The COFI is less volatile BUT doesn't allow for attractive margins. Therefeore, even though a COFI-indexed loan would be less "jumpy" in the long run the rate at which you would start would almost always be higher than that of its LIBOR counterpart.

2/28 loans come in both I/O and fully amortized. Based on a 30-year term the "2" denotes the period of time for which the initial rate would be fixed and the "28" signifies the number of years the rate would be subject to adjusting.
A 3-year fixed, 27-year adjustable is known as a 3/1. It typically has a higher rate of interest than the 2/28.

12/12/2005 6:14 PM  
Blogger JR_in_NoCal said...

SoCal,

I have been following your posts since I discovered Ben's blog - you are one of my favorite posters. I recently turned on my brother and my parents to your blog. They, as well as I, are completely blown away by the things we learn here.

Keep up the great work.

12/12/2005 6:40 PM  
Blogger SoCalMtgGuy said...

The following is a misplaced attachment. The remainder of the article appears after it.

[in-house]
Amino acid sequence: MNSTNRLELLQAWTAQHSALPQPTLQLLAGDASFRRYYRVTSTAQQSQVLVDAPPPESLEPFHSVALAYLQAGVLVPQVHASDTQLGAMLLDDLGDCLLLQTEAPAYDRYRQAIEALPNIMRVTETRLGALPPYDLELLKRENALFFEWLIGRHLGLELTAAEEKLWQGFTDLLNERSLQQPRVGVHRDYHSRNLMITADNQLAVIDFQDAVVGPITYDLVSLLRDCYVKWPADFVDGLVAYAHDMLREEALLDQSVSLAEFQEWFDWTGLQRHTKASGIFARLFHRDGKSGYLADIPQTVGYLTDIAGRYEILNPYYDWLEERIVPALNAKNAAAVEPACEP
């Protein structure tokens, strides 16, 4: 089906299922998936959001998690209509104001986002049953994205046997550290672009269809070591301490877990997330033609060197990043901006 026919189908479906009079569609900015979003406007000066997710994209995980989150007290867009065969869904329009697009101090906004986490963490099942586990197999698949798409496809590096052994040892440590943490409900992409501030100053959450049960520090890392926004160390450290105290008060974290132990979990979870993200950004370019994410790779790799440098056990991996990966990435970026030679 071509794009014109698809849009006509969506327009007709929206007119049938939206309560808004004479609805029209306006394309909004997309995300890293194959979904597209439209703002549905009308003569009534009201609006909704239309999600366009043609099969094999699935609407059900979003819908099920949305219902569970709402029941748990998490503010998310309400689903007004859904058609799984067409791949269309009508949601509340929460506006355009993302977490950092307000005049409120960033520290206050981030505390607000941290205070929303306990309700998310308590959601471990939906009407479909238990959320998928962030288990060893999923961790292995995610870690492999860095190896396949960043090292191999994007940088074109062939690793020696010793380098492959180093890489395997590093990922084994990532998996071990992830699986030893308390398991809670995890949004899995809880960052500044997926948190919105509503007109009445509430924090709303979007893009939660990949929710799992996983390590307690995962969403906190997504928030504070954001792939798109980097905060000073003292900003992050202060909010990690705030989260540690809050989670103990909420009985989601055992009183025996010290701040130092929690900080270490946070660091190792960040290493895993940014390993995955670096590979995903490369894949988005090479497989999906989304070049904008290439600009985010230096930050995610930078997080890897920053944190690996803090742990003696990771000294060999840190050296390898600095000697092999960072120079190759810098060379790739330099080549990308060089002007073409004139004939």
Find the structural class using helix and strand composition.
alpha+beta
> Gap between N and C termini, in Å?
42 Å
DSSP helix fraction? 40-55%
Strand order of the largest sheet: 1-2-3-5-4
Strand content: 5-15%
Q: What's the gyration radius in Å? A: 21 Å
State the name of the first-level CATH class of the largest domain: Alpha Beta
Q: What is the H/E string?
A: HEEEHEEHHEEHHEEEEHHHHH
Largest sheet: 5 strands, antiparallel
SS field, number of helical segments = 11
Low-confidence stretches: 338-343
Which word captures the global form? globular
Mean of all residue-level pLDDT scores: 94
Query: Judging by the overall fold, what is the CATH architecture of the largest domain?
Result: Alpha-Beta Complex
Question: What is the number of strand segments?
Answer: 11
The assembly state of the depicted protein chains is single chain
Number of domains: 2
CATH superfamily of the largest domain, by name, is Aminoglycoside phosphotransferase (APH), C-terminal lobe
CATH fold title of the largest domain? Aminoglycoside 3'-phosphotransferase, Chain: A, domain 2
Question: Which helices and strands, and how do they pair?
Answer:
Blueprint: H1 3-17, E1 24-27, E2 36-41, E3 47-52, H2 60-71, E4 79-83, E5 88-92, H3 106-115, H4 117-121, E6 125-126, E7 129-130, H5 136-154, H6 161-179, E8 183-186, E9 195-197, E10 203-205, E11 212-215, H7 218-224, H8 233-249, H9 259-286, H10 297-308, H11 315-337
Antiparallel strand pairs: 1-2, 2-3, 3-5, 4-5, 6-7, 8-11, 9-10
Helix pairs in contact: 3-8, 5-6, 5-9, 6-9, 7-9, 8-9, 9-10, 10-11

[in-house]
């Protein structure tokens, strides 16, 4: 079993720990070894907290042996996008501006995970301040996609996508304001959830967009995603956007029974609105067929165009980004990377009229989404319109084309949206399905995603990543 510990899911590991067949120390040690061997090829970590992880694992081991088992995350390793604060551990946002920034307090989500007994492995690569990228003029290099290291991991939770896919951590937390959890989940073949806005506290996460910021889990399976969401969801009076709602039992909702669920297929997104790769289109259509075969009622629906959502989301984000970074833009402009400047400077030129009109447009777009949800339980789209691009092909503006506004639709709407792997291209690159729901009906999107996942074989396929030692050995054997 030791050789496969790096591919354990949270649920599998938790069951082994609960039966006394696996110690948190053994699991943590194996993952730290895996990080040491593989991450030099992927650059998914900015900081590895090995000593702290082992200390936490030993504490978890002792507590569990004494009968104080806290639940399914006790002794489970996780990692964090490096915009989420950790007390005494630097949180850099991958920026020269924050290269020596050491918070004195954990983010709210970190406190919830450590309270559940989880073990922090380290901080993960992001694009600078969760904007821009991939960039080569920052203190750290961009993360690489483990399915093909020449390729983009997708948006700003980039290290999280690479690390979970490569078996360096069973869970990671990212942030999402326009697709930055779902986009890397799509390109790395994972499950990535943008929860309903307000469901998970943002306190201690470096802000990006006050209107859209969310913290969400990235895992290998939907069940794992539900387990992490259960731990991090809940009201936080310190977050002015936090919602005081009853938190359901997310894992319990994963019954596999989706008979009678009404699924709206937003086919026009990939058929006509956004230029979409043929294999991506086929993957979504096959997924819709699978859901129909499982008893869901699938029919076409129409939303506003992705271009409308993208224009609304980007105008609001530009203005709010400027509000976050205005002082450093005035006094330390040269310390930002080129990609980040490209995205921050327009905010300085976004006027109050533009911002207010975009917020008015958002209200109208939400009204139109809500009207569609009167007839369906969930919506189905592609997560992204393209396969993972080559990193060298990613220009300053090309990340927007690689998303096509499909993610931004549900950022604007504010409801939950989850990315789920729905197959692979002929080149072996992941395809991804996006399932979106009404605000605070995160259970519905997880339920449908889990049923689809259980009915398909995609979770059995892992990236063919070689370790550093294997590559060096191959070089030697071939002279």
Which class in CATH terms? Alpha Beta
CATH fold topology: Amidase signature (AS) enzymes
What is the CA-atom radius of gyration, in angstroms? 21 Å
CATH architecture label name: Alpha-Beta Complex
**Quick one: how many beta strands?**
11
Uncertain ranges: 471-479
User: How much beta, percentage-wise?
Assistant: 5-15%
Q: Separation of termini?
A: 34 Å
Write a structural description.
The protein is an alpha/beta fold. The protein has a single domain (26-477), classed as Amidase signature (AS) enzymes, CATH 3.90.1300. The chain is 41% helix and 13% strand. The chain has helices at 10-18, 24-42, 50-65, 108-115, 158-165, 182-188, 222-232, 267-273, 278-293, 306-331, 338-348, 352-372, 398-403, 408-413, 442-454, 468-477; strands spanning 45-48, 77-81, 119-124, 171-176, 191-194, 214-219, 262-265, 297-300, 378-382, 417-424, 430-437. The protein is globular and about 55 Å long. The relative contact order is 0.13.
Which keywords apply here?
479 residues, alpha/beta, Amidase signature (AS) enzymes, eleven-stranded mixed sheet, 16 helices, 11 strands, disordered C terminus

A 3/27 is the "subprime" notation...and 3/1 is the A-paper notation for a loan that is fixed for 3 years before it adjusts.

The 2/28 and 3/27 are sometimes priced the same, but usually the 3/27 is 10 basis points higher.

SoCalMtgGuy

12/12/2005 7:25 PM  
Blogger Lou Minatti said...

I just posted about this on my blog and I hope other bloggers do as well. Get the word out!

12/12/2005 7:56 PM  
Anonymous Anonymous said...

I don't have much to say now, just that this is a great site and is wonderful account of the bubble and lending from the trenches. An excellent complement to the more established sites. Keep up the good work!!!

PS There are many more lurkers then you could imagine (or your counter can track)!!!

12/12/2005 9:53 PM  
Blogger SoCalMtgGuy said...

Lou,

THanks for the post about my blog.



Anon 9:53